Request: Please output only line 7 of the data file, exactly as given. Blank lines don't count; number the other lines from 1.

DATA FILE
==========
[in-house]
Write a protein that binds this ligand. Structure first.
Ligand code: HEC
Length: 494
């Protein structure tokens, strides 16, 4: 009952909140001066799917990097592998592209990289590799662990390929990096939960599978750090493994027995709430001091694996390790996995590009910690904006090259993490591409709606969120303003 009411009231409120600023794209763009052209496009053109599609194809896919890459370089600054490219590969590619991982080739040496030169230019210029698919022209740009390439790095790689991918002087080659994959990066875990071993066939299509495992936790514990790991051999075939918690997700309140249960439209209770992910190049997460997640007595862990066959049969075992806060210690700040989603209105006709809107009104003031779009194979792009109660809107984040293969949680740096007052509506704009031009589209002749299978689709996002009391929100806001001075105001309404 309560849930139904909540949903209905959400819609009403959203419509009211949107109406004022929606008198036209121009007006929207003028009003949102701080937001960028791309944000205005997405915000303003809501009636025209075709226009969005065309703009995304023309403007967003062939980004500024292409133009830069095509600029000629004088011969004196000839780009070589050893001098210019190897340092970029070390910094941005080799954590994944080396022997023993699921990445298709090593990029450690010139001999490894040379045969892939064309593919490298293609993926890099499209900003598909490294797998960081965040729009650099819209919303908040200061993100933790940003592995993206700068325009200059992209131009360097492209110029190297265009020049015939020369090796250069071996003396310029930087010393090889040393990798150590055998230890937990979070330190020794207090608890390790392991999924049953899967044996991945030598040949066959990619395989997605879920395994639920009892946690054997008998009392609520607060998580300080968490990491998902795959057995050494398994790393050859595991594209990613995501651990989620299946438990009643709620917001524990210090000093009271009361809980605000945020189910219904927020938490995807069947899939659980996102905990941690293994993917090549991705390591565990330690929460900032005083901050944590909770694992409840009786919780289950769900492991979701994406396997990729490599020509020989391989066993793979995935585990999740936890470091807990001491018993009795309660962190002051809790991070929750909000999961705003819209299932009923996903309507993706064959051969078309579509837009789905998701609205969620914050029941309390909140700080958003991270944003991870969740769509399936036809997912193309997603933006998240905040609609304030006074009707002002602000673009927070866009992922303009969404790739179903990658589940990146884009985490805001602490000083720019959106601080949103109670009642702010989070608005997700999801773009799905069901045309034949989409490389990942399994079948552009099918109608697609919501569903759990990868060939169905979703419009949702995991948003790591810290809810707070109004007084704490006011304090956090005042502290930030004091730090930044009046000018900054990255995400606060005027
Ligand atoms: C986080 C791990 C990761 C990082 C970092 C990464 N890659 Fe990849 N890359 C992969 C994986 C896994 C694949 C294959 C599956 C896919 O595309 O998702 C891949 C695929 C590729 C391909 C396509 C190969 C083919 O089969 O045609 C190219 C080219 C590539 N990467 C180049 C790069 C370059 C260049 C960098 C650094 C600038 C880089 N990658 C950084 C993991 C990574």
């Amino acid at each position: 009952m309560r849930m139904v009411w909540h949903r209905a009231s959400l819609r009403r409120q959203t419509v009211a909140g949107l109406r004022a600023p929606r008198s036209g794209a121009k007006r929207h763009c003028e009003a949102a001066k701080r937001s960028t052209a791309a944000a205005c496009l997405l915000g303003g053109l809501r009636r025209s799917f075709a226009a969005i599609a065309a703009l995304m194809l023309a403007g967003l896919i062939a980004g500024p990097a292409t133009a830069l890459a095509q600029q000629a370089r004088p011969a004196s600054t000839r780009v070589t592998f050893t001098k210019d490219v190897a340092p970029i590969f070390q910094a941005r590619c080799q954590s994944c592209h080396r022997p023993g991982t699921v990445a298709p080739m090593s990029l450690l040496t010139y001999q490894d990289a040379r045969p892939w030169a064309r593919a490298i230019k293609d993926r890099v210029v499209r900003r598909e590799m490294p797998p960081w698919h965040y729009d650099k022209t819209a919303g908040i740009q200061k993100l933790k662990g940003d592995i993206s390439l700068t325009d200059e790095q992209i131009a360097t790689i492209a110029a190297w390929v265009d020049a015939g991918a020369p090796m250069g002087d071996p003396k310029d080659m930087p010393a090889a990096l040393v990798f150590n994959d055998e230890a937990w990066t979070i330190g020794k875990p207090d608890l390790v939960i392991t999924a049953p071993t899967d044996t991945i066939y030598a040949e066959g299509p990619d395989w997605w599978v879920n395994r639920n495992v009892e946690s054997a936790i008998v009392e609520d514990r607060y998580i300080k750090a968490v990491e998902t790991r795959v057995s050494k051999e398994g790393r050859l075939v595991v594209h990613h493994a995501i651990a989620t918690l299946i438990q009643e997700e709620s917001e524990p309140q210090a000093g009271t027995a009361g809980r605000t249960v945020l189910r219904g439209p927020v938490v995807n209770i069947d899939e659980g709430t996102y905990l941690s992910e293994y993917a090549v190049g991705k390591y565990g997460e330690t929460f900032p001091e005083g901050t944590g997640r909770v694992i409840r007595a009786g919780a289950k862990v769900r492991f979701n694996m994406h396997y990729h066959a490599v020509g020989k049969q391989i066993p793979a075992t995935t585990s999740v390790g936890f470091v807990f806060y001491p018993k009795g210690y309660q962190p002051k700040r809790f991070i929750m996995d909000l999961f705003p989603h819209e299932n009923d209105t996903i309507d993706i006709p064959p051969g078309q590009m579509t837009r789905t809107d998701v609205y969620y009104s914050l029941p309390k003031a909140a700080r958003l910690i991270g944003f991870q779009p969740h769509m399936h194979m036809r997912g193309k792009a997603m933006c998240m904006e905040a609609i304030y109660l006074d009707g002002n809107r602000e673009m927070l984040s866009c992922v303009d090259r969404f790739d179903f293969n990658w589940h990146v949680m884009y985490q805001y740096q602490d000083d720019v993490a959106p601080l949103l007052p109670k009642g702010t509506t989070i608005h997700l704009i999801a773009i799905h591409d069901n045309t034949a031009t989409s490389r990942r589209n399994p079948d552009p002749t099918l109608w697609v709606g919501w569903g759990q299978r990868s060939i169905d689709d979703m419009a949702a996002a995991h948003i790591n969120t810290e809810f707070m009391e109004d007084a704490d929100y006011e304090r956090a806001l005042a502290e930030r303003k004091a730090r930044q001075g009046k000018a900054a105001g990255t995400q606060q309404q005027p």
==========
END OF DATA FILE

């Amino acid at each position: 009952m309560r849930m139904v009411w909540h949903r209905a009231s959400l819609r009403r409120q959203t419509v009211a909140g949107l109406r004022a600023p929606r008198s036209g794209a121009k007006r929207h763009c003028e009003a949102a001066k701080r937001s960028t052209a791309a944000a205005c496009l997405l915000g303003g053109l809501r009636r025209s799917f075709a226009a969005i599609a065309a703009l995304m194809l023309a403007g967003l896919i062939a980004g500024p990097a292409t133009a830069l890459a095509q600029q000629a370089r004088p011969a004196s600054t000839r780009v070589t592998f050893t001098k210019d490219v190897a340092p970029i590969f070390q910094a941005r590619c080799q954590s994944c592209h080396r022997p023993g991982t699921v990445a298709p080739m090593s990029l450690l040496t010139y001999q490894d990289a040379r045969p892939w030169a064309r593919a490298i230019k293609d993926r890099v210029v499209r900003r598909e590799m490294p797998p960081w698919h965040y729009d650099k022209t819209a919303g908040i740009q200061k993100l933790k662990g940003d592995i993206s390439l700068t325009d200059e790095q992209i131009a360097t790689i492209a110029a190297w390929v265009d020049a015939g991918a020369p090796m250069g002087d071996p003396k310029d080659m930087p010393a090889a990096l040393v990798f150590n994959d055998e230890a937990w990066t979070i330190g020794k875990p207090d608890l390790v939960i392991t999924a049953p071993t899967d044996t991945i066939y030598a040949e066959g299509p990619d395989w997605w599978v879920n395994r639920n495992v009892e946690s054997a936790i008998v009392e609520d514990r607060y998580i300080k750090a968490v990491e998902t790991r795959v057995s050494k051999e398994g790393r050859l075939v595991v594209h990613h493994a995501i651990a989620t918690l299946i438990q009643e997700e709620s917001e524990p309140q210090a000093g009271t027995a009361g809980r605000t249960v945020l189910r219904g439209p927020v938490v995807n209770i069947d899939e659980g709430t996102y905990l941690s992910e293994y993917a090549v190049g991705k390591y565990g997460e330690t929460f900032p001091e005083g901050t944590g997640r909770v694992i409840r007595a009786g919780a289950k862990v769900r492991f979701n694996m994406h396997y990729h066959a490599v020509g020989k049969q391989i066993p793979a075992t995935t585990s999740v390790g936890f470091v807990f806060y001491p018993k009795g210690y309660q962190p002051k700040r809790f991070i929750m996995d909000l999961f705003p989603h819209e299932n009923d209105t996903i309507d993706i006709p064959p051969g078309q590009m579509t837009r789905t809107d998701v609205y969620y009104s914050l029941p309390k003031a909140a700080r958003l910690i991270g944003f991870q779009p969740h769509m399936h194979m036809r997912g193309k792009a997603m933006c998240m904006e905040a609609i304030y109660l006074d009707g002002n809107r602000e673009m927070l984040s866009c992922v303009d090259r969404f790739d179903f293969n990658w589940h990146v949680m884009y985490q805001y740096q602490d000083d720019v993490a959106p601080l949103l007052p109670k009642g702010t509506t989070i608005h997700l704009i999801a773009i799905h591409d069901n045309t034949a031009t989409s490389r990942r589209n399994p079948d552009p002749t099918l109608w697609v709606g919501w569903g759990q299978r990868s060939i169905d689709d979703m419009a949702a996002a995991h948003i790591n969120t810290e809810f707070m009391e109004d007084a704490d929100y006011e304090r956090a806001l005042a502290e930030r303003k004091a730090r930044q001075g009046k000018a900054a105001g990255t995400q606060q309404q005027p």